How true that anxiety can make you angry? Well, it happens to those of us with anxiety all the time. The little things that are part of our everyday environment set us over the edge. That feeling of not being able to see straight, or “seeing red” as it is sometimes referred to, can be triggered by the most innocent of things. Whenyou’rejuggling all of the responsibilitiesof the day, the tasksthatwon’t get done, an interruption during a busy time, it can feel like a flip of the switch.
Anxiety can make you angry.
The other day a friend shared a personal story with me, and with her permission allowed me to share it as an example of this very thing.
This friend, a mother of two young children, had woken up at 5 a.m. (as she does every day) to complete her mounting to-do list. She wanted to get in her workout, fold the laundry, shower, wash the dishes, send a couple of emails, get the kids fed, etc. all before getting the kids off to baseball practice. The list was set and it all seemed manageable. All was well until the dog ate the kids’ breakfast, the mom ran out of shampoo, the kids got into an argument, the dishwasher was full, and all of a sudden the mom was running out of time. Those overwhelming feelings crept up on her, then her child asked her if they could go to the park after baseball…and she lost it.
Anxiety makes it difficult
It seems so simple. So innocent. Yet those moments of anger are a frequent part of living with someone with anxiety. It is not that the mom wanted to be angry with her child for asking about going to the park. But it is just that it felt like one more thing added to a mounting to-do list. Could that laundry wait? Those dishes wait? Yes. But, with anxiety, it can be hard to think in those logical terms (even for the most logical of people). It is not that we want to be an angry person. We want to be a place of solitude for those we love. We want to be a safe landing zone, not something to be feared.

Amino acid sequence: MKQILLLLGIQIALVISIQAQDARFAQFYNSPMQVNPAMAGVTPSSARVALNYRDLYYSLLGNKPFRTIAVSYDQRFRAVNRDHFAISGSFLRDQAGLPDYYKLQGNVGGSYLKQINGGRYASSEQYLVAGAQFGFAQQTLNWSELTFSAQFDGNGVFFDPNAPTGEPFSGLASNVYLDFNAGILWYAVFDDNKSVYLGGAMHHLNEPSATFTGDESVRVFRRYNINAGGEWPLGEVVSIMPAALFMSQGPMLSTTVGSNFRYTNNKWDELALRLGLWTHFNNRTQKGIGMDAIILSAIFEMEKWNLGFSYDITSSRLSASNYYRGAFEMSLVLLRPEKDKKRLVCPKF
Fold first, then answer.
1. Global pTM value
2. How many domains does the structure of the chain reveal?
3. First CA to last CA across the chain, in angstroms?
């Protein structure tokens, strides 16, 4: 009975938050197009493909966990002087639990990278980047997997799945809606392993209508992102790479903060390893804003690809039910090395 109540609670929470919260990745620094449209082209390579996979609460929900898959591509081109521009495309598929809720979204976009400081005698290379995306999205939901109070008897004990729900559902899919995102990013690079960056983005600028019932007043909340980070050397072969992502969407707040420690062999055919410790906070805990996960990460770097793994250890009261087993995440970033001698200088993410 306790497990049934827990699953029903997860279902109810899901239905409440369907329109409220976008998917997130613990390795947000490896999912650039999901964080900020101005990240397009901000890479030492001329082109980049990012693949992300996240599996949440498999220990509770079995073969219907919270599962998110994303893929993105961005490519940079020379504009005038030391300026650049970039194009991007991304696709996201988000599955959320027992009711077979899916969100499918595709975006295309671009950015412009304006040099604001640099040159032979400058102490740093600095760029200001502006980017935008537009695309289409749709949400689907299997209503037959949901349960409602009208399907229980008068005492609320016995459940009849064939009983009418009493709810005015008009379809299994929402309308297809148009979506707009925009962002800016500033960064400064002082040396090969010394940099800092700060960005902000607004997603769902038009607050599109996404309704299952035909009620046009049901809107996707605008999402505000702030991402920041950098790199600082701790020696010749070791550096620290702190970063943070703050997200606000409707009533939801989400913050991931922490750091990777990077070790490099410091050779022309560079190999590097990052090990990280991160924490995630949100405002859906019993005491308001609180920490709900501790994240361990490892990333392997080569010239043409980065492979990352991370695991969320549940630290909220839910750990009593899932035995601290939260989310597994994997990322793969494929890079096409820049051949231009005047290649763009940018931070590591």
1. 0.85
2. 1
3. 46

After that moment went down, her kids looked at her in fear and she felt awful. She was full of guilt, overcome with emotion and started on her usual string of apologies. She didn’t mean to lash out, yes she would take them to the park. And, her kids, used to the drill, gave her grace. They forgave and hugged her. They told her they loved her. Then, she asked if they were ok.
Help is Available
This is one of the ugly sides of anxiety. It is hard. Acknowledging these issues, getting help from a licensed professional, learning coping mechanisms, stepping away from the situation, all of these are positive steps in the right direction. Nobody wants to be an angry person. We all want to be calm and level-headed. If you are an anxiety sufferer, allow yourself some grace. Try to say “yes” more often. Give yourself breaks. Apologize to those you love. Talk to them, explain to them why you may have reacted the way you did. Teach them the beauty of forgiveness.
Relating to our previous post on how managing your anxiety, especially as a parent, is important so that you don’t pass it on to your children. Take the difficult step to acknowledge that anxiety can make you angry and is crucial in dealin with your chidlre. Why not talk to a therapist now and be ready when faced with this situation over and over again.
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